by Ranger Vickie Eggert
A typical winter sound in the park, the familiar "chick-a-dee-dee-dee," is a sure giveaway that a bird called a chickadee is nearby. The chickadee's common name comes from the sound of their call.
How can you spot a chickadee bird?
Although chickadee birds may be noisy, watching them in the treetops can sometimes be challenging. Usually heard before they are seen, these busy birds never sit still, especially when they see a camera or a pair of binoculars. They follow typical bird protocol and promptly fly out of lens sight as soon as they are seen. Lucky for those of us who want to watch them, they tend to be curious and will usually come back if you are quiet enough.
These little birds are constantly in motion, ducking and flitting through tree branches as they hunt down small insects. They will eat berries and seeds and are frequent visitors to backyard feeders like birdhouses, particularly during the fall and winter when there are not as many insects around.
Types of Chickadee Birds
In the United States, there are seven different species of chickadee birds. All of them have dark caps and bibs. You'll find the chestnut-backed chickadee (Poecile rufescens) throughout the nation. These tiny birds are primarily gray with a white face mark and a distinctive black cap and bib. They also have brown coloration on their backs.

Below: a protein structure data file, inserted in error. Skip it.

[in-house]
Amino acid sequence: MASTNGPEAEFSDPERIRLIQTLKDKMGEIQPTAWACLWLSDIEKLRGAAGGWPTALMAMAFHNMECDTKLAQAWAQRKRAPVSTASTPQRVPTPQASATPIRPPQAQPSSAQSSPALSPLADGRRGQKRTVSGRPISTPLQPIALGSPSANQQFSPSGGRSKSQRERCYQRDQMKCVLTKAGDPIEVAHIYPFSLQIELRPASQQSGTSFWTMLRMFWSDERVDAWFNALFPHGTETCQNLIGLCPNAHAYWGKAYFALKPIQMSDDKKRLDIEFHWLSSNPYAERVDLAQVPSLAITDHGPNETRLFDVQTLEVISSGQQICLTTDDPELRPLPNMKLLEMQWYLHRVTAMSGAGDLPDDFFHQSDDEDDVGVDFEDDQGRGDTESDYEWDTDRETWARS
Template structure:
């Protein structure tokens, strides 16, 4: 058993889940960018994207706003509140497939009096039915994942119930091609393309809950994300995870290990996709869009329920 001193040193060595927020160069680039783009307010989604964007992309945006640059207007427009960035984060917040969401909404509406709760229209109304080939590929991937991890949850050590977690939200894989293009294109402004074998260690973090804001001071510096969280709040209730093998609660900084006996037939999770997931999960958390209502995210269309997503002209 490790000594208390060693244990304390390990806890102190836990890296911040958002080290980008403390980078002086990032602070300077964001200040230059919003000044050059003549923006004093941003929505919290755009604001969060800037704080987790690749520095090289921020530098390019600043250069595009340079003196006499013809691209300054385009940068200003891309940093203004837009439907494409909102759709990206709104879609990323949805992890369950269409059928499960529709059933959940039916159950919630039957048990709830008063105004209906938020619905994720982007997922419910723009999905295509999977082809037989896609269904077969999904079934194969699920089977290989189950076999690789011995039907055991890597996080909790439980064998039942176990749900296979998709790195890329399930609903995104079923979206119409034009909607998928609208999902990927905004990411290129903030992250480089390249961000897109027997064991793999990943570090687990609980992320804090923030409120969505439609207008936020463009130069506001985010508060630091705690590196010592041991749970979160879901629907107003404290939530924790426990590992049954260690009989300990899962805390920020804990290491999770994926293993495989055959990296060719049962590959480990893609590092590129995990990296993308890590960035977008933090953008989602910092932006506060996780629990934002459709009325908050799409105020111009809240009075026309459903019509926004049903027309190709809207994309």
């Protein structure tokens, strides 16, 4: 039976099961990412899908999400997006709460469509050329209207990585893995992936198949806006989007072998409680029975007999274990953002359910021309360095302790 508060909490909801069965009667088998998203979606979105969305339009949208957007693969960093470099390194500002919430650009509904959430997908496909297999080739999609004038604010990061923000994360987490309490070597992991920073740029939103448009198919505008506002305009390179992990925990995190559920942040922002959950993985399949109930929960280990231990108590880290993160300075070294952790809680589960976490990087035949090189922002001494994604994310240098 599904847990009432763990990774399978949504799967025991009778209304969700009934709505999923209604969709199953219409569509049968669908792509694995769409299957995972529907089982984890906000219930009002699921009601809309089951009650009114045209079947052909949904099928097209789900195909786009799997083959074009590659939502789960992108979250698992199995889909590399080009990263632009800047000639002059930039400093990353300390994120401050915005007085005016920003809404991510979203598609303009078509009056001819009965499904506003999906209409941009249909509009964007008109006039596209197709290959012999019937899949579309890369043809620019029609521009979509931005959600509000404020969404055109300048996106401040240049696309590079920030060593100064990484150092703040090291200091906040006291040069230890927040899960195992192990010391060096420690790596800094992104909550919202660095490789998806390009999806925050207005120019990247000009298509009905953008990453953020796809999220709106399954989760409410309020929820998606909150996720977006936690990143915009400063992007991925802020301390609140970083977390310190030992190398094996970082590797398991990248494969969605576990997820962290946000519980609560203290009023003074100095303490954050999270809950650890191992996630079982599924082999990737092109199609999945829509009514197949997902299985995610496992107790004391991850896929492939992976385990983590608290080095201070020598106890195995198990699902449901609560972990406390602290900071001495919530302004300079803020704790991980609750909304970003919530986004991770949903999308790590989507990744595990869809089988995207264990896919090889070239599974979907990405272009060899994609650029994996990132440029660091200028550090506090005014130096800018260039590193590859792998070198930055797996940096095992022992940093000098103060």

Although prominent in personality, they are relatively small in stature, reaching only 2.4 to 5.5 inches in height.
Chickadee pairs will typically remain together year-round. From fall to early spring, these birds form flocks with other small birds such as titmice, nuthatches, warblers, and kinglets, all of which can be found here in Sycamore Grove Park.
Where you might find them at Sycamore Grove
They lay 5 to 8 eggs per clutch, nesting in a hollow tree like a sycamore. If you want to help chickadees in the winter, setting up a nest box can help provide additional habitat for these cavity-nesting birds. Chickadees can use an internal tool called nocturnal hypothermia during the winter. Nocturnal hypothermia is when the bird can lower its body temperature at night to conserve energy to survive the cold weather.
As they are found year-round in Sycamore Grove Park, listen closely for the familiar 'chick-a-dee' call and look for these small birds with big personalities.